The statement quoted from the SQLite FAQ says that SQLite-NFS problems are caused by NFS clients that do not implement locking correctly. While that is definitely true, SQLite is also to blame, because it uses fnctl locks in a way that is incompatible with NFS locking/cache coherency semantics. Section 9.3.2 of the NFSv4 specification  describes SQLite's technique and the problem with it well:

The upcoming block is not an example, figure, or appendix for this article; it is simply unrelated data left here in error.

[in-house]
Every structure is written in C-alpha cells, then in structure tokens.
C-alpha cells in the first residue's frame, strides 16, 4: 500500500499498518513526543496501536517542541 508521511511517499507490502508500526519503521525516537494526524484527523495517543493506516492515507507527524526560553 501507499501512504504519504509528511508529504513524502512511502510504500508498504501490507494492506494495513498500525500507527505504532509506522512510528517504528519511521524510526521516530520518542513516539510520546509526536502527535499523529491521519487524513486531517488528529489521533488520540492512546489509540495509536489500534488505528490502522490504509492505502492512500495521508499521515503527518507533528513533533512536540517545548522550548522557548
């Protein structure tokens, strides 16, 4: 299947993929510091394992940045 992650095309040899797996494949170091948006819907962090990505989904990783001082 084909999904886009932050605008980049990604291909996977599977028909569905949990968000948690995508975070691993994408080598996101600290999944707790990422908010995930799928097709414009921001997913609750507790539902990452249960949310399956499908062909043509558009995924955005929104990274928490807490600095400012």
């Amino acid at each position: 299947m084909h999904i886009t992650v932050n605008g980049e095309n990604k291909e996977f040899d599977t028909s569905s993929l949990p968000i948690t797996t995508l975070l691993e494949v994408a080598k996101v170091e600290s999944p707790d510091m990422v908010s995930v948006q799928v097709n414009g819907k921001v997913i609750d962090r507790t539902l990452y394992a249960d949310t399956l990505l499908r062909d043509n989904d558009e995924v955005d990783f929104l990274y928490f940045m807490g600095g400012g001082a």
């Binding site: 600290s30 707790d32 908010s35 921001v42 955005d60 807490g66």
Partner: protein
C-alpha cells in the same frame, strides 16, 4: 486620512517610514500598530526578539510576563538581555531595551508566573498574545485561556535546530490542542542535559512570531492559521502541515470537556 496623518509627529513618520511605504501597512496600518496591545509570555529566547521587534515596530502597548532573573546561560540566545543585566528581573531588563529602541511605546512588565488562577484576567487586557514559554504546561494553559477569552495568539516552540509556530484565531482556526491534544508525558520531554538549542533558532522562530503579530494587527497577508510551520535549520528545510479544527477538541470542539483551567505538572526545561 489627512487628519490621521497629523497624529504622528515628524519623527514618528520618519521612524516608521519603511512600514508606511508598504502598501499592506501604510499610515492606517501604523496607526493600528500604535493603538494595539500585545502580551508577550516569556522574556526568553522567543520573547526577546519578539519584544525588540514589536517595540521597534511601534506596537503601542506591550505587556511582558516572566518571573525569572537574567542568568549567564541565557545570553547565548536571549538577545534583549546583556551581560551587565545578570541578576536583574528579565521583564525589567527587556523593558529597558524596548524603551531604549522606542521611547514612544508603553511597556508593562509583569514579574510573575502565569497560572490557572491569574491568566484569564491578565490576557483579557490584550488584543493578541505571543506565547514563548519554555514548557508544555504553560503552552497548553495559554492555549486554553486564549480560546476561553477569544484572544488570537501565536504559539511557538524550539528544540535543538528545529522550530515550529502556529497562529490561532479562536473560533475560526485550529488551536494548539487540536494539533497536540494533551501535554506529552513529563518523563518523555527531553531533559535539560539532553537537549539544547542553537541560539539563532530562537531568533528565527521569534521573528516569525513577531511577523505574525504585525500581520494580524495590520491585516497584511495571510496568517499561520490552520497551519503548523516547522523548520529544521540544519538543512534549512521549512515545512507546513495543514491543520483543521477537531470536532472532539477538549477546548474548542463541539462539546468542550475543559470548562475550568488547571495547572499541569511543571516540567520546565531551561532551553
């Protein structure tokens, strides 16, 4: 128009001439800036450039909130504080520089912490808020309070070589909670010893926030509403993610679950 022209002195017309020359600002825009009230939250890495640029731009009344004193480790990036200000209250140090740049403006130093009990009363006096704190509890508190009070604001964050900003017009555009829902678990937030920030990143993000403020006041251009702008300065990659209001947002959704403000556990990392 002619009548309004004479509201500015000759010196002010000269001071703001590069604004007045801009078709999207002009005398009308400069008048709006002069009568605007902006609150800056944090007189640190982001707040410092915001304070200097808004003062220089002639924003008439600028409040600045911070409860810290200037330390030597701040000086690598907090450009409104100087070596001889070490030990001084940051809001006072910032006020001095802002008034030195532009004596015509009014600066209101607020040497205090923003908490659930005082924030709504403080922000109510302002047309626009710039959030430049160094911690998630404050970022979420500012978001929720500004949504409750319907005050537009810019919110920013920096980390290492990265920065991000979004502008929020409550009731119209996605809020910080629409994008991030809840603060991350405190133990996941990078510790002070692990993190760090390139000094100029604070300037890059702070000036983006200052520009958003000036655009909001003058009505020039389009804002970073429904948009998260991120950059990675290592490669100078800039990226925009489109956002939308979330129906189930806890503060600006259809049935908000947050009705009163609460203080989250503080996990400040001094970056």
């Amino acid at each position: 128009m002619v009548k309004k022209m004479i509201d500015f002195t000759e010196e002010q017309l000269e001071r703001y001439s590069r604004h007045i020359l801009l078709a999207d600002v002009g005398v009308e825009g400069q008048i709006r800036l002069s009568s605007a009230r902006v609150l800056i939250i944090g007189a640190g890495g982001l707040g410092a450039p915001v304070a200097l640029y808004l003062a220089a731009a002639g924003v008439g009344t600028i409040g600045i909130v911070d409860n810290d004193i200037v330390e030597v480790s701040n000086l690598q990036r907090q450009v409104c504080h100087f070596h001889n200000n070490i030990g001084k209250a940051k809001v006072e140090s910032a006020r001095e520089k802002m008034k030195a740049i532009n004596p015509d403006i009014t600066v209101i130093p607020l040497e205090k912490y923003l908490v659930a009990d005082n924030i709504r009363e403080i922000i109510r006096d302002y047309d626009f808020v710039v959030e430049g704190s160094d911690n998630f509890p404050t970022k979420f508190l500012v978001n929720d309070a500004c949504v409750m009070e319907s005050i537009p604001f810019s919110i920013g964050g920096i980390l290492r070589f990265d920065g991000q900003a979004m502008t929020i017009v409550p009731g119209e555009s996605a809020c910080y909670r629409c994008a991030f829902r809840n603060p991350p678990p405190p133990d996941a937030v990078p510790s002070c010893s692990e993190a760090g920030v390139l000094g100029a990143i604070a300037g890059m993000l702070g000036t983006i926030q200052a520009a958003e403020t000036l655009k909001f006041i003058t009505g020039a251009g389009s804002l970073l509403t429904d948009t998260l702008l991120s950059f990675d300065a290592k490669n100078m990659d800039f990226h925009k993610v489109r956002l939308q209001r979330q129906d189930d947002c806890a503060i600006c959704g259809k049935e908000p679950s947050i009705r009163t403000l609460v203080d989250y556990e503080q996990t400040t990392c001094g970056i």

"For those applications that choose to use file locking instead of share reservations to exclude inconsistent file access, there is an analogous set of constraints that apply to client side data caching. These rules are effective only if the file locking is used in a way that matches in an equivalent way the actual READ and WRITE operations executed. This is as opposed to file locking that is based on pure convention. For example, it is possible to manipulate a two-megabyte file by dividing the file into two one-megabyte regions and protecting access to the two regions by file locks on bytes zero and one. A lock for write on byte zero of the file would represent the right to do READ and WRITE operations on the first region. A lock for write on byte one of the file would represent the right to do READ and WRITE operations on the second region. As long as all applications manipulating the file obey this convention, they will work on a local filesystem. However, they may not work with the NFS version 4 protocol unless clients refrain from data caching."